Ode to a true Australian titan – Steve Smith, a batsman like no other
Cricket expects England to continuously dominate, and the world champions truly came into their own in 2019, having demonstrated a spark of unsullied brilliance ever since 2017. Cricket also expects no less from India, who are world-beaters on their day, with the fact being that their days last longer than the ceaseless miles Usain Bolt can jog off without much sweat.
But from Australia, a bastion of cricketing excellence, the world expects something unreal. Australians are expected to regain the stronghold they particularly enjoyed over the sport back in the heydays of 2000s and throughout the nineties.
It’s not like the one among Cricket’s top three isn’t a strong force today; but it would be lovely to see Australians become the demolishing force they once were, one that instilled a fear in the mind of the opponent.
And when you look at a Pat Cummins, you see a bright future leader who’s just waiting to explore his wings. David Warner, a Test triple centurion is still going strong. There’s Hazlewood, Zampa, Stoinis, and Lyon- a quartet of match-winners.
And then there’s Steve Smith- a batsman like no other, a man who none can ever be.
Why Smith is special
A man who’s conquered inner demons, who has bitten dust and turned dust into gold, which incidentally also happens to be the colour of a jersey he wears with pride, truly aware today of the enormous responsibility it reposes on brave men who walk out there on the cricket pitch with an aim to churn magic.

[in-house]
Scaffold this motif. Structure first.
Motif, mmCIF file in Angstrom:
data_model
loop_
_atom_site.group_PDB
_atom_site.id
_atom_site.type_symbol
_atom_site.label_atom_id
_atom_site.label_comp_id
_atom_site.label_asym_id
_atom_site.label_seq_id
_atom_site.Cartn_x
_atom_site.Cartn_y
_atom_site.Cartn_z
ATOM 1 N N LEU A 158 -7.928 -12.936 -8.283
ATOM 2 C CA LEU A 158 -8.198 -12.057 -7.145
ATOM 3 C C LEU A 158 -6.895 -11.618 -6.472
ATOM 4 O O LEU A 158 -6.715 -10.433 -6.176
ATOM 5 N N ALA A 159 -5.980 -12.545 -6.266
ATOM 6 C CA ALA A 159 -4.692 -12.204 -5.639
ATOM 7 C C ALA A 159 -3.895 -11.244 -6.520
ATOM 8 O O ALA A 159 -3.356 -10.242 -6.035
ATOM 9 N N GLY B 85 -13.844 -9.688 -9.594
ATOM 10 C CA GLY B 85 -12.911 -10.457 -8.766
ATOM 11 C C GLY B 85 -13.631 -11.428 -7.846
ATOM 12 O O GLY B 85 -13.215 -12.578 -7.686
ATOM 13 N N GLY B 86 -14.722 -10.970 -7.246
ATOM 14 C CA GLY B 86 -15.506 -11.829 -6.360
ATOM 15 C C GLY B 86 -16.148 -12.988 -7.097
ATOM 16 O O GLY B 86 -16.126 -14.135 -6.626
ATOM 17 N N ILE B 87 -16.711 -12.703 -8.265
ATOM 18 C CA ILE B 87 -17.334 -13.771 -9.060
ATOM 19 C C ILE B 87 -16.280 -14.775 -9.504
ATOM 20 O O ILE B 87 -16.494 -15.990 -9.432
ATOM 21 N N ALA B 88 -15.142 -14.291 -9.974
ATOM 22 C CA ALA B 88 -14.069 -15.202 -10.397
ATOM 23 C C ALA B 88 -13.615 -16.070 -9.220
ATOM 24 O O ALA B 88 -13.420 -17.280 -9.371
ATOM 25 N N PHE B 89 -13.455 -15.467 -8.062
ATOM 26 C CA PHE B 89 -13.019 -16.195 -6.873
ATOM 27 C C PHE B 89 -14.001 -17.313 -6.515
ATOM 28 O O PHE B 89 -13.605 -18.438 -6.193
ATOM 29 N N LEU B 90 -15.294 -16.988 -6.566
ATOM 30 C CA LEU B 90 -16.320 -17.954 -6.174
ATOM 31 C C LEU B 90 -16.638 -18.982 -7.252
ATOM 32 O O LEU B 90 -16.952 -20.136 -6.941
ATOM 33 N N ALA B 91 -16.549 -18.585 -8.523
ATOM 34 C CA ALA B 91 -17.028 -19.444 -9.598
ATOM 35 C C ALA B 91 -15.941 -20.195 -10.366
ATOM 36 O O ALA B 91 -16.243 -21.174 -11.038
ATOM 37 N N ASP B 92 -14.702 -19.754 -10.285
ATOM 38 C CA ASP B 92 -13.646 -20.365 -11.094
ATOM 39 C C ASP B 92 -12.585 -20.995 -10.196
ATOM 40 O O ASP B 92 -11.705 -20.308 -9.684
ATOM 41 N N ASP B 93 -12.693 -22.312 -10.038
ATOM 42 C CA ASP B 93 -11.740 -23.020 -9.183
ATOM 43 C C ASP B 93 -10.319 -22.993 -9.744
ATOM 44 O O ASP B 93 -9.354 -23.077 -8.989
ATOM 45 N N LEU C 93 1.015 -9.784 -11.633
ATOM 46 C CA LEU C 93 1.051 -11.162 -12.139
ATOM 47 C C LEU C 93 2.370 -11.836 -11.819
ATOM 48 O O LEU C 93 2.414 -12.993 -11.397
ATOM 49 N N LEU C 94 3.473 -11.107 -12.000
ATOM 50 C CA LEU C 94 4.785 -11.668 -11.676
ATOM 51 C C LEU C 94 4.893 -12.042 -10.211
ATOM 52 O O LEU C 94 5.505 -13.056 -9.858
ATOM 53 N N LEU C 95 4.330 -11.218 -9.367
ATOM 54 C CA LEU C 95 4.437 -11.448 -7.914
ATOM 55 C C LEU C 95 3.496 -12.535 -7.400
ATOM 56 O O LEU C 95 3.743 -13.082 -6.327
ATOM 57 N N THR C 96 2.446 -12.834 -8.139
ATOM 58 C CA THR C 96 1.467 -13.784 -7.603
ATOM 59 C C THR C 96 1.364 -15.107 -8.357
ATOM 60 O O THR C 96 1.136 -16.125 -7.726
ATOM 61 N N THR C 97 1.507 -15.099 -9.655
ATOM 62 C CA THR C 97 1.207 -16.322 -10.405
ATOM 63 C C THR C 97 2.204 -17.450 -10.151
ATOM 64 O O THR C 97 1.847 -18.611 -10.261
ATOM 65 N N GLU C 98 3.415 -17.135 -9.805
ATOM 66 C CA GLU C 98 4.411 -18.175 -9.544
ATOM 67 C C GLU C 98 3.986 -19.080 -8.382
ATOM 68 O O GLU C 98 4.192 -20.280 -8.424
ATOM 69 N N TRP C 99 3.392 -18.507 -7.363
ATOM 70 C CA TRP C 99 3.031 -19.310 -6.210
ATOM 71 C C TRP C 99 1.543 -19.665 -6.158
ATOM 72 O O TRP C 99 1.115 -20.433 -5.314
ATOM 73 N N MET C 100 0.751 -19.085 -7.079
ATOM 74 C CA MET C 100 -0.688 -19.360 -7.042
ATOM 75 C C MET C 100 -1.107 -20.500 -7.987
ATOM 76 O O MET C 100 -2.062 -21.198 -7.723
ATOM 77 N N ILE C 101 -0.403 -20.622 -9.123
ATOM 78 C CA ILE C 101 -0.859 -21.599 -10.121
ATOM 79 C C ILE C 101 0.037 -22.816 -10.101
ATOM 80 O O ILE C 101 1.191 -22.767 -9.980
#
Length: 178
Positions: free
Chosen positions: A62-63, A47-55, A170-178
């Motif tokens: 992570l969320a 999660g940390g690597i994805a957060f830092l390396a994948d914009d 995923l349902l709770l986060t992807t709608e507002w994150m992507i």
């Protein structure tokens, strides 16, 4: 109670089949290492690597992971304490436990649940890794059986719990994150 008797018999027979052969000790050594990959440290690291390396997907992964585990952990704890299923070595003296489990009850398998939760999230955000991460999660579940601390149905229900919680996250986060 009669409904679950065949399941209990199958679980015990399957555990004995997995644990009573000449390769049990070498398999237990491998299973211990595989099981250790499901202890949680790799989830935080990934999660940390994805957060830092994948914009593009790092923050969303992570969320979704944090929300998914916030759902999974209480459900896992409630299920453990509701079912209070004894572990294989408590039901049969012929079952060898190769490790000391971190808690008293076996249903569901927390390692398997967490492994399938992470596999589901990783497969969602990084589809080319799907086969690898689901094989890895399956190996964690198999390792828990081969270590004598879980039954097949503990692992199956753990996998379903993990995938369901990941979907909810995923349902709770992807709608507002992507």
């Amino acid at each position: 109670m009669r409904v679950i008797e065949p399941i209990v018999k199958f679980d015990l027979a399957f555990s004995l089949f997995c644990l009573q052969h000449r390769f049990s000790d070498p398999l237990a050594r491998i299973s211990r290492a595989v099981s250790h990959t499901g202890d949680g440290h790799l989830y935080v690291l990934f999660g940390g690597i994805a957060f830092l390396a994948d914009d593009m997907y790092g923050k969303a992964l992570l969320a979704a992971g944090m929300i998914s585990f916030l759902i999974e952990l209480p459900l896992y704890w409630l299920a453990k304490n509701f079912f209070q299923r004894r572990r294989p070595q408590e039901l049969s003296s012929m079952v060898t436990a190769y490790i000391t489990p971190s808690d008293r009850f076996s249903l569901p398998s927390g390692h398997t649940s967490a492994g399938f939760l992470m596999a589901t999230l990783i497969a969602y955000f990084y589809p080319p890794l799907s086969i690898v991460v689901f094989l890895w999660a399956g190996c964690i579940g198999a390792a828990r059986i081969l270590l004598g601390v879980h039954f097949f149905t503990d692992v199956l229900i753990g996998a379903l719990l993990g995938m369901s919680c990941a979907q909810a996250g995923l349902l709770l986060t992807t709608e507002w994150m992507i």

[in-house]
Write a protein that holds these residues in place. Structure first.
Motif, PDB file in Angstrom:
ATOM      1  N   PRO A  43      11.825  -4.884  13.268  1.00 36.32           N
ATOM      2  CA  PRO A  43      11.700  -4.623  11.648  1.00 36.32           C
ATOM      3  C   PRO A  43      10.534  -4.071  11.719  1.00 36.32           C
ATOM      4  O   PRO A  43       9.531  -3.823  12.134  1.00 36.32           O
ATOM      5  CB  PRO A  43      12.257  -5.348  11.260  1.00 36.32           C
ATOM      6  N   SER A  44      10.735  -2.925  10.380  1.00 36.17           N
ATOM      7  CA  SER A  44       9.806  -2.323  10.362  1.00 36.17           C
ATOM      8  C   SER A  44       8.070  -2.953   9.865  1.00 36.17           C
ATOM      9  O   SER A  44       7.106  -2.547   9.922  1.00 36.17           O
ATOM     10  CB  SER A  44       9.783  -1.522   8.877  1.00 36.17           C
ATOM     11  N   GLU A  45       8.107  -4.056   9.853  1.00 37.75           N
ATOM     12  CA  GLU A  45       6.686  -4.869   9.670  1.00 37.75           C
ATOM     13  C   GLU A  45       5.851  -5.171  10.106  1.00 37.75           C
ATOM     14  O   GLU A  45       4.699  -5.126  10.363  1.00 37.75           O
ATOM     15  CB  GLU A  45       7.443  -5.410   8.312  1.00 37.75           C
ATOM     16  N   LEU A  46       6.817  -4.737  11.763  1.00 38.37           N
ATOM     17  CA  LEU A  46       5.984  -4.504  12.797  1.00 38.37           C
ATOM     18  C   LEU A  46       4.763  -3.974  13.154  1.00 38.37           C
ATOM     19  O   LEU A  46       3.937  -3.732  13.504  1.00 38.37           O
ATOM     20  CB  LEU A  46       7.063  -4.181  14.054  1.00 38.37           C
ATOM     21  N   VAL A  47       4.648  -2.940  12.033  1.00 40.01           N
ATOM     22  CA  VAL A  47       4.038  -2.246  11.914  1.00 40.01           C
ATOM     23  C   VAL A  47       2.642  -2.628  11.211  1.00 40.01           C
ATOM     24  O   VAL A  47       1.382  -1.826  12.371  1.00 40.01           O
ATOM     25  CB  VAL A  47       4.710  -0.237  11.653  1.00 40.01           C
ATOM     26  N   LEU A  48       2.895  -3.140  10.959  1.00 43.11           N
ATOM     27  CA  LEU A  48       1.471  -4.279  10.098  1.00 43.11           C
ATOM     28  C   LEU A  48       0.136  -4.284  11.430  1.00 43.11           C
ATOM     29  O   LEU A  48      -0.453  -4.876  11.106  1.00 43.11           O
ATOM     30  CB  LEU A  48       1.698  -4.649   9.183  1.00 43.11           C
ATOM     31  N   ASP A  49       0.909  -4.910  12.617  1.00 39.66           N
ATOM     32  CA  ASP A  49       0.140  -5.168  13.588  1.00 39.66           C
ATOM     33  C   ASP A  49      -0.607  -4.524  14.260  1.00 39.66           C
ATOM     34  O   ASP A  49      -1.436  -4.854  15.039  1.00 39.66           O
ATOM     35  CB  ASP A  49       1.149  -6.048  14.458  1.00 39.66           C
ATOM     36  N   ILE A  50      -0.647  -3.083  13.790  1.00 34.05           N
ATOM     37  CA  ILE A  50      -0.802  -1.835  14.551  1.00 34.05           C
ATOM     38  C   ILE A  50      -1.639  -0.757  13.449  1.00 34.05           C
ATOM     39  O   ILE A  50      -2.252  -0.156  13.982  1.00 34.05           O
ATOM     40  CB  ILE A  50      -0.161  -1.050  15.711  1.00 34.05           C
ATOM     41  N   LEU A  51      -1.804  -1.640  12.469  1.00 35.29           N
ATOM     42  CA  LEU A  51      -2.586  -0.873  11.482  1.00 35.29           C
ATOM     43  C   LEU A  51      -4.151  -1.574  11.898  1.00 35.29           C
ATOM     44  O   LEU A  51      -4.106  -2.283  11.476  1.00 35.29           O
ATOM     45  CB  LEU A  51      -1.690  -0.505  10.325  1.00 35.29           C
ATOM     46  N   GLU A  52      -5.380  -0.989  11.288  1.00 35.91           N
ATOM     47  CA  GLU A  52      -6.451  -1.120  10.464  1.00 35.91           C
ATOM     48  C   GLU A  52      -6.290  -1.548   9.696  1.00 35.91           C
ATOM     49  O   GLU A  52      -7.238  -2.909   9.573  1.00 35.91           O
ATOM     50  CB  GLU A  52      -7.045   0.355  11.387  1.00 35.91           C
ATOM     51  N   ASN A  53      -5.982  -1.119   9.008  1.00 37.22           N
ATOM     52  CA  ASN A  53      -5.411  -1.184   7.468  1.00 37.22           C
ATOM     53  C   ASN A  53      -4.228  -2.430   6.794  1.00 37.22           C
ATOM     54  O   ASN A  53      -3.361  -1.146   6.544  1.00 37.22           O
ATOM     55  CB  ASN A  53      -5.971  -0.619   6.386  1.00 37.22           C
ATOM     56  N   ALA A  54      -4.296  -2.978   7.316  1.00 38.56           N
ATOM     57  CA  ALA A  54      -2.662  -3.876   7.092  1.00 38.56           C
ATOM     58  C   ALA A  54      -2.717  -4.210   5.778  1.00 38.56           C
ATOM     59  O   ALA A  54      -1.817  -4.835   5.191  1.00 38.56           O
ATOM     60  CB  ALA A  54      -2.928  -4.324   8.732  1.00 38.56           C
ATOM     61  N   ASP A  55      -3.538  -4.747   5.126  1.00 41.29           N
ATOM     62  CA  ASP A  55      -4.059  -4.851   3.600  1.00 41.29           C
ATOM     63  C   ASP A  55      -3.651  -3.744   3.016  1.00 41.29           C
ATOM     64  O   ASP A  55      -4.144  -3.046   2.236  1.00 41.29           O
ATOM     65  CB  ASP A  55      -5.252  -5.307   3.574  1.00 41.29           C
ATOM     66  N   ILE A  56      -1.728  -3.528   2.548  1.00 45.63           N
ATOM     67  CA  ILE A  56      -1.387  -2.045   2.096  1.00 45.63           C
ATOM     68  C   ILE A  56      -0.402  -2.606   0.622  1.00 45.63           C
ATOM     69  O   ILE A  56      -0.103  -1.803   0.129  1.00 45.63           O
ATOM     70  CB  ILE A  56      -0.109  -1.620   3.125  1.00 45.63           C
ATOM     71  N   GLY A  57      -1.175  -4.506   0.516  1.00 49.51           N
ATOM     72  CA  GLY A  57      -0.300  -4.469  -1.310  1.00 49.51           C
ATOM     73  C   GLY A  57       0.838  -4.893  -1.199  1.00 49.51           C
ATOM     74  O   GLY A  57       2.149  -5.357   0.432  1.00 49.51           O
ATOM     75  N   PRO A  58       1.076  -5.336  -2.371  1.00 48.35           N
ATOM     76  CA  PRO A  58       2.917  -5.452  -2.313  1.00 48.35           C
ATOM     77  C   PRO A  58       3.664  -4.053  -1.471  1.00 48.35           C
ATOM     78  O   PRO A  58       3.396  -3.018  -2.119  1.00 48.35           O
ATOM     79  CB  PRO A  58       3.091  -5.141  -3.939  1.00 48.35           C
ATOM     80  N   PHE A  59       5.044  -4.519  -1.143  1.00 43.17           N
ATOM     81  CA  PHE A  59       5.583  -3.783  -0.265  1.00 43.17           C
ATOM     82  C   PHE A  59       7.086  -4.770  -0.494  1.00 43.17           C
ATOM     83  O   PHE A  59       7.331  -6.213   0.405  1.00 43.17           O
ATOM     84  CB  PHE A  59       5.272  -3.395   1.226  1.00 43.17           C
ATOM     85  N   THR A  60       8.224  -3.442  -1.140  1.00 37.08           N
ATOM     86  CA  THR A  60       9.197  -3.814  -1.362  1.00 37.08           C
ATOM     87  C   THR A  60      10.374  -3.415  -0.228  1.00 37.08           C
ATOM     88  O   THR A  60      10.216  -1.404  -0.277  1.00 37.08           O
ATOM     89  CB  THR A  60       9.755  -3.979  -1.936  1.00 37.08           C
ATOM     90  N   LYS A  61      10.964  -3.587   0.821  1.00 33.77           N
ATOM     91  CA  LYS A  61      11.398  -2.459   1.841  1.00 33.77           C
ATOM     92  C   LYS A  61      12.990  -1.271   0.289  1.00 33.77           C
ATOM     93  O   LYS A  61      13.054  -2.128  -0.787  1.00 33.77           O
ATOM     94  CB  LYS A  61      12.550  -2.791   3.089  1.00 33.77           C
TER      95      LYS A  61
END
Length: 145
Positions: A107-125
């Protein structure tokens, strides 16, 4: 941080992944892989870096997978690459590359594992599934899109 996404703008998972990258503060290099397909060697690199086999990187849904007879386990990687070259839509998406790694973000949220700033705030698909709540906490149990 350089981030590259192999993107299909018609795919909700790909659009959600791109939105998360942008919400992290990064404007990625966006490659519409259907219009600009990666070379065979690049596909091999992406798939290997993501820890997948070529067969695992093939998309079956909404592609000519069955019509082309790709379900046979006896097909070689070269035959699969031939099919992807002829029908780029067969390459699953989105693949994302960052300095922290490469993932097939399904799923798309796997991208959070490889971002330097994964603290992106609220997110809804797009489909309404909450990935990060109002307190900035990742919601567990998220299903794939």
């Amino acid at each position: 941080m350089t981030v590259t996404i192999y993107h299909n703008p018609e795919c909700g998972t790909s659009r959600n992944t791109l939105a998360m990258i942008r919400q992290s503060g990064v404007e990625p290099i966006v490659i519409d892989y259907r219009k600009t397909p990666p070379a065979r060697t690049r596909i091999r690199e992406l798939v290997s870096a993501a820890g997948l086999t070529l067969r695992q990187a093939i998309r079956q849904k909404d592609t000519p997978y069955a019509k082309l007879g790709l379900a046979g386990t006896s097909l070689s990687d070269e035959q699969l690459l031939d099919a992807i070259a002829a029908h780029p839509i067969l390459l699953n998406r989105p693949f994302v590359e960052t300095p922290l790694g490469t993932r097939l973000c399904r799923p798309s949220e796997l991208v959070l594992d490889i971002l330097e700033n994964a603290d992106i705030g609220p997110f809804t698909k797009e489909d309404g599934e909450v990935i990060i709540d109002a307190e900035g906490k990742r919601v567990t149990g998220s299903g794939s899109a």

And above all, Smith is the only candidate from Australia in the titanic tussle towards winning the battle of being the world’s best batsman, to which Virat Kohli and Kane Williamson are worthy competitors and enormous challengers.
No monk or beacon of self-righteousness, Steve Smith, who turns 32 today, has already endured what many might call a rollercoaster ride. He’s churned out records and attracted brickbats at express speed akin to the famous Ferrari roller coaster at Abu Dhabi-bound Ferrari world.
Smith arrives on the world stage
No sooner than he was introduced to the world of cricket did Smith go onto prove his credentials as a talented leg spinner who possessed the guile and loop to endanger the batsman’s stumps. Warne was already history and there was vacuum for an able spinner to inherit the spot.
In those days, circa 2010, Smith would only swing the bat on an occasion or two, never afforded a space in the top or the middle order of a line-up, which was replete with talents like Clarke, Watson, Hussey and Bailey.
Yet the Steve Smith story owes its thrills to the fiery proclivity using which a one-time leg spinner who never had his sights on batting became one of the world’s most dominant batsman, and that too, in the sport’s most arduous format- Test Cricket.
Although, that wasn’t before biting maliciously into some ‘sandpaper!’
Remember 2018? Newslands, Capetown, days after which the usually supremely confident Smith, a bloke with boyish charm and excessive self-confidence lacked every ounce of it when he went behind the mic tearing up like a schoolboy smacked on the face for notoriety?